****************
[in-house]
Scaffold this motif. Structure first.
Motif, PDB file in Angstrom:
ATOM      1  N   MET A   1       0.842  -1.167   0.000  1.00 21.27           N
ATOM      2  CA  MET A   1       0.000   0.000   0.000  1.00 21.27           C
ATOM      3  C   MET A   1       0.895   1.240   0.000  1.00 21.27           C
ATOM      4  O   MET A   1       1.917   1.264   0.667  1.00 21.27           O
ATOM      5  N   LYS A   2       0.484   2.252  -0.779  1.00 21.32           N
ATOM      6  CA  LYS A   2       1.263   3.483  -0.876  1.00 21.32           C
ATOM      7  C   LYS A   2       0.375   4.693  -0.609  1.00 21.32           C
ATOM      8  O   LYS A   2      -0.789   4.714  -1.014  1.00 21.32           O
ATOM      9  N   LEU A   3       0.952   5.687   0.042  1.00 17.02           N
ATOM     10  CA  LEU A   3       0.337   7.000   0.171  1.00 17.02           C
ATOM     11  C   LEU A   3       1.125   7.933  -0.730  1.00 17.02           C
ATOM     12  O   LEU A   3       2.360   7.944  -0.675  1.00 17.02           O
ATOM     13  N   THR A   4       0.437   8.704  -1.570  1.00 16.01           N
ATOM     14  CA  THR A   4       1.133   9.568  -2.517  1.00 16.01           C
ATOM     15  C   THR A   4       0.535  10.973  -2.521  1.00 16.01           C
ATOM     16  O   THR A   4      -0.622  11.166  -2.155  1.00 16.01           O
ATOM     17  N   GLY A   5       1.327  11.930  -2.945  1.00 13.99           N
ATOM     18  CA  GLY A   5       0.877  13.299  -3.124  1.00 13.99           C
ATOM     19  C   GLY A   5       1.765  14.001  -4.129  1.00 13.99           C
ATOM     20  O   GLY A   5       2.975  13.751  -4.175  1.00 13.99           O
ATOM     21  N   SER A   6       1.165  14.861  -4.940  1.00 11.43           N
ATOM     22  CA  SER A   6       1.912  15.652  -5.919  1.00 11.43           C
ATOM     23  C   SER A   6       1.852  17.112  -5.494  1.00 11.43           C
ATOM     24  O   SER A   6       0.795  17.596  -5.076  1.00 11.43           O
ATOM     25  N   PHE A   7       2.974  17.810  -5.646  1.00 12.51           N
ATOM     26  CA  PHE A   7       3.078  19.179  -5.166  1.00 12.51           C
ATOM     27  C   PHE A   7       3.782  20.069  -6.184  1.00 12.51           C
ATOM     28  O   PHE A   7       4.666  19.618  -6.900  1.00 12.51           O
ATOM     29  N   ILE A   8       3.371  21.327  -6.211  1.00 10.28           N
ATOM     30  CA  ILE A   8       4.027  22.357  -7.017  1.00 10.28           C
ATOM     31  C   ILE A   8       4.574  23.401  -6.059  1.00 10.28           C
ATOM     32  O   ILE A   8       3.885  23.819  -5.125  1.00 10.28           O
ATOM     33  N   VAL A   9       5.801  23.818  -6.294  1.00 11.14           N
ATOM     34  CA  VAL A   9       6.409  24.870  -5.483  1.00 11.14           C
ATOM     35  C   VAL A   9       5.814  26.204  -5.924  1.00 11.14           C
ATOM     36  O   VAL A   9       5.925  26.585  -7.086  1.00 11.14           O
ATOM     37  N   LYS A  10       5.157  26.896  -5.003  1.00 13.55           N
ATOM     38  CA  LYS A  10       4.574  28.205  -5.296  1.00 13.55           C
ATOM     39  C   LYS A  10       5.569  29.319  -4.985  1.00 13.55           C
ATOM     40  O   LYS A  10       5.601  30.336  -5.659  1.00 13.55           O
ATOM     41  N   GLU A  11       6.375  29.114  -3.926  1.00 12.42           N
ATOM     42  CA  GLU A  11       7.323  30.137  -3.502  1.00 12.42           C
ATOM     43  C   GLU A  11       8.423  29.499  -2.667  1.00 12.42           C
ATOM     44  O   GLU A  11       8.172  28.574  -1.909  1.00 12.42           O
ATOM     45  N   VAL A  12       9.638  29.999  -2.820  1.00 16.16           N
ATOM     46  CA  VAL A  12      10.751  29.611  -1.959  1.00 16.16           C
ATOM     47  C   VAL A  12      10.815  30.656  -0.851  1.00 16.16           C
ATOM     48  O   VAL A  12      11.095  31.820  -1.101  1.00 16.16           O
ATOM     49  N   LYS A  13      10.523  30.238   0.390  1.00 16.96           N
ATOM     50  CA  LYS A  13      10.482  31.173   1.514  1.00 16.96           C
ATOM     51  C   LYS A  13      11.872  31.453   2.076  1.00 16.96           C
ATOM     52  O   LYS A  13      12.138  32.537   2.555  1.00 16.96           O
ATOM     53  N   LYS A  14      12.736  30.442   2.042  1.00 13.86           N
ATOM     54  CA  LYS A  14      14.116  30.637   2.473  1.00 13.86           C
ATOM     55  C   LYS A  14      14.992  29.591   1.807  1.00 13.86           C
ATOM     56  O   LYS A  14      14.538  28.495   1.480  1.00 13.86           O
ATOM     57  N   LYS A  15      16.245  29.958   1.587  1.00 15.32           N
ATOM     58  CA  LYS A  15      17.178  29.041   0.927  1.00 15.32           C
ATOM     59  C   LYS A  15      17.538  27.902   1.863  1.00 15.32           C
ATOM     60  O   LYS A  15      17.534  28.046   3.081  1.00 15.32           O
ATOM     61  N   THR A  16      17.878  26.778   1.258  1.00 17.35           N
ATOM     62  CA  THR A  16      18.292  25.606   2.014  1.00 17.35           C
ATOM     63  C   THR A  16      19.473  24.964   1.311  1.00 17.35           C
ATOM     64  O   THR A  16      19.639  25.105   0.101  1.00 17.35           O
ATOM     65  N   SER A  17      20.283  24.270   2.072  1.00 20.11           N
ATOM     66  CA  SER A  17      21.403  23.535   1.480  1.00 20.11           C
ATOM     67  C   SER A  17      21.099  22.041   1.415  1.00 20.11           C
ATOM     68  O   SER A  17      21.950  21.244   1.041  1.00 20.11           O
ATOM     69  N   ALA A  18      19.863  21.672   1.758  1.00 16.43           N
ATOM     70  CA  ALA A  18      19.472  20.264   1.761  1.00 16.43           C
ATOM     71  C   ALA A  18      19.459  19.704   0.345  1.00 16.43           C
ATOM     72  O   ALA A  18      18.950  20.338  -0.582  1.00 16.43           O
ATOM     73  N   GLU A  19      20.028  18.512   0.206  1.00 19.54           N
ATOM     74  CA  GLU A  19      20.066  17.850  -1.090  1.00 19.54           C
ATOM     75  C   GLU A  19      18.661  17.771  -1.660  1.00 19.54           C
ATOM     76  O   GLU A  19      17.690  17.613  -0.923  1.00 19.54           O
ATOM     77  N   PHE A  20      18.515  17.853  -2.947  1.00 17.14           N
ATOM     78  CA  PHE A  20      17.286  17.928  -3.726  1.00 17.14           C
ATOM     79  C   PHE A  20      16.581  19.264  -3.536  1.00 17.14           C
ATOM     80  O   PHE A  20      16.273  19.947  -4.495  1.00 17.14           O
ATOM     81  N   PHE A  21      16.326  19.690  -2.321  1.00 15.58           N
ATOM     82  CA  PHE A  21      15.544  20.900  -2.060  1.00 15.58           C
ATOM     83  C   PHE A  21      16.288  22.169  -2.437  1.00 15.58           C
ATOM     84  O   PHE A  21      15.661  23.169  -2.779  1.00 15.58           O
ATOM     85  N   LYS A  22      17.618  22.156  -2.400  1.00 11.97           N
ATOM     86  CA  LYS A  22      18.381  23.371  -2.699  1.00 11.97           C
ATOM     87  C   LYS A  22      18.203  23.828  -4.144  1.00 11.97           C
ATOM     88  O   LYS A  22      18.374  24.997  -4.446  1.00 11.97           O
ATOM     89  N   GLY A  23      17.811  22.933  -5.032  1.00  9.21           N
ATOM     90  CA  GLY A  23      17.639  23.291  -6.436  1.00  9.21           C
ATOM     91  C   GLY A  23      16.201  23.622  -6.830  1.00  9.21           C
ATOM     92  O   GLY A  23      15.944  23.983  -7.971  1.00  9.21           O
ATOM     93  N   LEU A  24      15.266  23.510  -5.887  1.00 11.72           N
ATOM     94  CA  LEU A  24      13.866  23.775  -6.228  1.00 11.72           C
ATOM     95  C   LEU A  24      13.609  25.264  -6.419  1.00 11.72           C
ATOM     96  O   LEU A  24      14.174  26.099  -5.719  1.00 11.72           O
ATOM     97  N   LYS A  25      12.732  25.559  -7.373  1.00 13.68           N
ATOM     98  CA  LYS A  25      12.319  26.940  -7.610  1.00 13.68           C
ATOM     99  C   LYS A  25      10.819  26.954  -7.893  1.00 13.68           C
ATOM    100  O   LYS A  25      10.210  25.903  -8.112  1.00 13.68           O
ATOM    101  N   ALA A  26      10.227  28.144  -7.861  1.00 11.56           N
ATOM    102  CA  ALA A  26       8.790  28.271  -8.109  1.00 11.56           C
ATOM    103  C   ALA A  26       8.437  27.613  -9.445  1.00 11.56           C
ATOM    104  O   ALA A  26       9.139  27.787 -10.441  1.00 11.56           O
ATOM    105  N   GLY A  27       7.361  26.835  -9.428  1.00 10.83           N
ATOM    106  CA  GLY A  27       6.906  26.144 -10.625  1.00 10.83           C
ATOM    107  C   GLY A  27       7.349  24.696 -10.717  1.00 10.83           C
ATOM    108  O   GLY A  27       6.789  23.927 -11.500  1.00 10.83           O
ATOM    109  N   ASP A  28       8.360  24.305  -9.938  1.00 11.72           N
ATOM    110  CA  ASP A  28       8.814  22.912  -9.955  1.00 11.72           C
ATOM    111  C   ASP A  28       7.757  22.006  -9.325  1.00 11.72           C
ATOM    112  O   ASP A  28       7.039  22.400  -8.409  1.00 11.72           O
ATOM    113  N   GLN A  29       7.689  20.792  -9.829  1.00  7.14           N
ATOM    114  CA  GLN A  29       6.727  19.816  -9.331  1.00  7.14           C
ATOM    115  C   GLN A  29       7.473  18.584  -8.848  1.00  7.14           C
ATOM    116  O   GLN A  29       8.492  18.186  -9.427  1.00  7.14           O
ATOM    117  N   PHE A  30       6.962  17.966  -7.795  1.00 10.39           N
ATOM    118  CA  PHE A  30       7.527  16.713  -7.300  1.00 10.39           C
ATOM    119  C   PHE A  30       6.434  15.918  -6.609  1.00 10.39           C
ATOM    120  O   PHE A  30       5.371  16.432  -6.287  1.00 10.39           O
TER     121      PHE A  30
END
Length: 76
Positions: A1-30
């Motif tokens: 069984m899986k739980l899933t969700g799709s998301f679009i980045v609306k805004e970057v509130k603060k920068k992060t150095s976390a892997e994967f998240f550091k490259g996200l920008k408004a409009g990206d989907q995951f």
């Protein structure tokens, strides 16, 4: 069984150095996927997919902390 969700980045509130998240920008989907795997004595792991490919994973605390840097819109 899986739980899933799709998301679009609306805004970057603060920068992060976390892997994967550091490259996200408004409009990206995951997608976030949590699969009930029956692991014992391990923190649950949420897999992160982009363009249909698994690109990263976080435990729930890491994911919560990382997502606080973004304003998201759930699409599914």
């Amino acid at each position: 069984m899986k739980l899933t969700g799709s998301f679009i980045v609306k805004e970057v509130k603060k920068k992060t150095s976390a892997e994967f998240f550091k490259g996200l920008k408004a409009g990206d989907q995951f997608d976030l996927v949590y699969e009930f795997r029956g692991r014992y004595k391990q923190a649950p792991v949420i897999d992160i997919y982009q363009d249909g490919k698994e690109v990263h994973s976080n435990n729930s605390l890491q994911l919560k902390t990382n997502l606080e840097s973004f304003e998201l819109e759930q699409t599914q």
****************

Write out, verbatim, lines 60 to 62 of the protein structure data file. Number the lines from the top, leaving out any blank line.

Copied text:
ATOM     57  N   LYS A  15      16.245  29.958   1.587  1.00 15.32           N
ATOM     58  CA  LYS A  15      17.178  29.041   0.927  1.00 15.32           C
ATOM     59  C   LYS A  15      17.538  27.902   1.863  1.00 15.32           C